by ADAM GARRIE
Congress is engaged in a cold war against Donald Trump that is disguised as a cold war against Russia.
Donald Trump has Tweeted his disapproval of the sanctions bill he was essentially forced to sign. This comes after a strongly worded statement which challenged both the Constitutionality and efficacy of the sanctions.
Now, Donald Trump has Tweeted the following,
Our relationship with Russia is at an all-time & very dangerous low. You can thank Congress, the same people that can't even give us HCare!
— Donald J. Trump (@realDonaldTrump) August 3, 2017
With Congress voting overwhelmingly in favour of the sanctions and both Donald Trump and US Secretary of State Rex Tillerson expressing their open opposition to the move, it is fair to describe the state which exists between the Republican controlled Congress and the Republican controlled White House as one of political cold war.
For all the innuendo suggesting otherwise and for all of the Trump administration’s general lack of direction in foreign affairs, it appears as though Trump’s long stated view that the US should work to improve relations with Russia, is a genuinely held belief.
This was affirmed by Russia when Vladimir Putin said the following,
- “Mr Trump’s television image is very different from the real person; he is a very down to earth and direct person, and he has an absolutely adequate attitude towards the person he is talking with; he analyses things pretty fast and answers the questions he is asked or new ones that arise in the course of the discussion. So I think that if we build our relations in the vein of our yesterday’s meeting, there are good reasons to believe that we will be able to revive, at least partially, the level of interaction that we need”.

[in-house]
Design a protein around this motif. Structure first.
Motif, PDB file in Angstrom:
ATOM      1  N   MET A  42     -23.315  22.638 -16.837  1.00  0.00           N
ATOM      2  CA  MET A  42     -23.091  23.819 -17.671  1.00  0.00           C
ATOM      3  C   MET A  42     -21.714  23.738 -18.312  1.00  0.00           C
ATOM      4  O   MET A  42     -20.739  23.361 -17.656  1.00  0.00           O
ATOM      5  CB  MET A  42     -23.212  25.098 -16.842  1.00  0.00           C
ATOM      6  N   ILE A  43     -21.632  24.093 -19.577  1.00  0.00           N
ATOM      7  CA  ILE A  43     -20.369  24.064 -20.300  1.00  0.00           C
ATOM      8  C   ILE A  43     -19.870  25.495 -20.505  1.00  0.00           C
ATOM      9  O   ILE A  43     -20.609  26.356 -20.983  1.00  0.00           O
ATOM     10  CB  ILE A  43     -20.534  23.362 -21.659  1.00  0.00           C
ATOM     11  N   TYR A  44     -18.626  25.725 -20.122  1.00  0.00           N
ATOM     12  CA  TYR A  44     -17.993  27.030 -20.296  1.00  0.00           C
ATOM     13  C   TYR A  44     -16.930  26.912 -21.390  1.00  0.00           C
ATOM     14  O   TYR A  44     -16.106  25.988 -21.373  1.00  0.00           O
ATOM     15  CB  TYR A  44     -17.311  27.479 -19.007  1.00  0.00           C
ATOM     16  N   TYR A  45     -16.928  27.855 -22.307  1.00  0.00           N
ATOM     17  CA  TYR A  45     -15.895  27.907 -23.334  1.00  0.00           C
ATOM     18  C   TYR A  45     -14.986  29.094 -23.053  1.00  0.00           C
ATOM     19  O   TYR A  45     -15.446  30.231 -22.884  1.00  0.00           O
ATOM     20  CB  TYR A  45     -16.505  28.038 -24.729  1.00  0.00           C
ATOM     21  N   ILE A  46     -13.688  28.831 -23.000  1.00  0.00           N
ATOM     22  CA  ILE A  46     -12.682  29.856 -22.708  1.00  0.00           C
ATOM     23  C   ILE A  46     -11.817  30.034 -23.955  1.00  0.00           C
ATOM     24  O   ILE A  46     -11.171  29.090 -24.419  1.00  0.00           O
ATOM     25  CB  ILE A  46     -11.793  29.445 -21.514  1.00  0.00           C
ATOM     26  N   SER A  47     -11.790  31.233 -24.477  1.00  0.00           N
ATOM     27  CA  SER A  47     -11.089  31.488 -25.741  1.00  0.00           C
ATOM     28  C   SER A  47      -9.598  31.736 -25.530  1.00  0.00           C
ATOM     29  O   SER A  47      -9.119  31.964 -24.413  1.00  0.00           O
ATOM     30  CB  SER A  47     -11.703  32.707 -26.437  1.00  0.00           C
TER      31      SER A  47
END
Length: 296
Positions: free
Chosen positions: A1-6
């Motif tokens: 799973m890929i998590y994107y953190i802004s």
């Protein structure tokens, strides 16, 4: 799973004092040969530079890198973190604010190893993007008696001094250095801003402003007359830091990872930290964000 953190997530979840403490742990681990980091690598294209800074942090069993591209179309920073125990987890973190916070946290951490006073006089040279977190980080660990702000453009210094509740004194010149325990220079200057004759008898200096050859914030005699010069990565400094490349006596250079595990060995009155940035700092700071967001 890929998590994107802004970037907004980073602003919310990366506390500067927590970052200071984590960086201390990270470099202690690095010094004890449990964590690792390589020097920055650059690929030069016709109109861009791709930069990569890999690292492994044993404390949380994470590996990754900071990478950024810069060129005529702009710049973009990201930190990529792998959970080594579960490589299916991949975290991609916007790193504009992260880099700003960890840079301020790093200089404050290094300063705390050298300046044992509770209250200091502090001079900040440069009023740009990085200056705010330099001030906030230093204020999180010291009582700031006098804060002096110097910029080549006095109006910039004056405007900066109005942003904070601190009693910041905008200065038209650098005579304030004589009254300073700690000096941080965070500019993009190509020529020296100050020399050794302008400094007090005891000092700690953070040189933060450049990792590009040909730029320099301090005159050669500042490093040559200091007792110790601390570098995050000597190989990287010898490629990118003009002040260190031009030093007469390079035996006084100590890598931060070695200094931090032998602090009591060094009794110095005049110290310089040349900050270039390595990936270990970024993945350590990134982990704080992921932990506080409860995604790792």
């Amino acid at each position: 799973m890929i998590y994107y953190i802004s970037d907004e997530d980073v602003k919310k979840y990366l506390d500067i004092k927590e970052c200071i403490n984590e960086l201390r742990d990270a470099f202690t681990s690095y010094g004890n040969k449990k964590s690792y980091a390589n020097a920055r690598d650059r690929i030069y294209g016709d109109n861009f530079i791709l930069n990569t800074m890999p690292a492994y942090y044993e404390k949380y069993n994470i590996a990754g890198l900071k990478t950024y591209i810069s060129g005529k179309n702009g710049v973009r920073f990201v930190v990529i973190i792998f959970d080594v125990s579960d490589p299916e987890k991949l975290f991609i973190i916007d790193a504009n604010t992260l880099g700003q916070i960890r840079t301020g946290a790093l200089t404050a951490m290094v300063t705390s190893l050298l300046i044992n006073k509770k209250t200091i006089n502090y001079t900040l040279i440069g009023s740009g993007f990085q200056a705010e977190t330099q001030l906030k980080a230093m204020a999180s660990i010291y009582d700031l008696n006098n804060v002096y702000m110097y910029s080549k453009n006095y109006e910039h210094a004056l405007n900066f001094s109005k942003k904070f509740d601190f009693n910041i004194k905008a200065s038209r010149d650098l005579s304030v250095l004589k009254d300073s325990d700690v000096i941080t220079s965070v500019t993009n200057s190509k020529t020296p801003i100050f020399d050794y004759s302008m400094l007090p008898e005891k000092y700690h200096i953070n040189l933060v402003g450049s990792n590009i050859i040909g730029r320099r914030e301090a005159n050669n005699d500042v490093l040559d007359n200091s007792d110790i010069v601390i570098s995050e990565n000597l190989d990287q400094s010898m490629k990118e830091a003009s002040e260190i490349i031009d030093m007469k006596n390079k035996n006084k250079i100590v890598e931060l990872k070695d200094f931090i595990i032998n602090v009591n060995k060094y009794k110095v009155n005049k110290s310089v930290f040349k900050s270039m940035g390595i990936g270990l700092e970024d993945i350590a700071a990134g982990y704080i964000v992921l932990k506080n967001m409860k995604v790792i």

Dmitry Peskov, Putin’s Presidential Spokesmen later added,
- “Accusations that Trump is somewhat incompetent or that he is a novice, can be classified as delusional trash. Trump is not some simpleton. He has expert knowledge, he is a very determined negotiator and skillful at using his knowledge to put his position across”.
In spite of accomplishing few tangible agreements at the meeting with the Russian President, beyond the important agreement to jointly enforce a de-escalation zone in south western Syria along with Russia and Jordan, it is becoming apparent that Trump’s feelings about Russia are neither contrived nor politicised, not least because his views on Russia have done the opposite of gain him political capital in Washington, including among his own party’s elites.
The danger for Congress was that Trump might have succeeded, even a little bit, in fostering better relations with Moscow, thus foiling the mythical narrative about Trump’s allegedly personally beneficial Russian connections.
By acting in a spiteful and vengeful way, Congress is not only undermining America’s financial interests in Europe and beyond, undermining relations between nuclear powers and driving a wedge between a united Russia and China vis-a-vis the United States, but they are putting a petty political narrative above preserving the authority and credibility of the President.
Congress was hellbent on ruining any prospect for improved relations with Russia and today, Donald Trump has clearly and unambiguously articulated why they have at least temporarily won this salvo in their cold war against POTUS.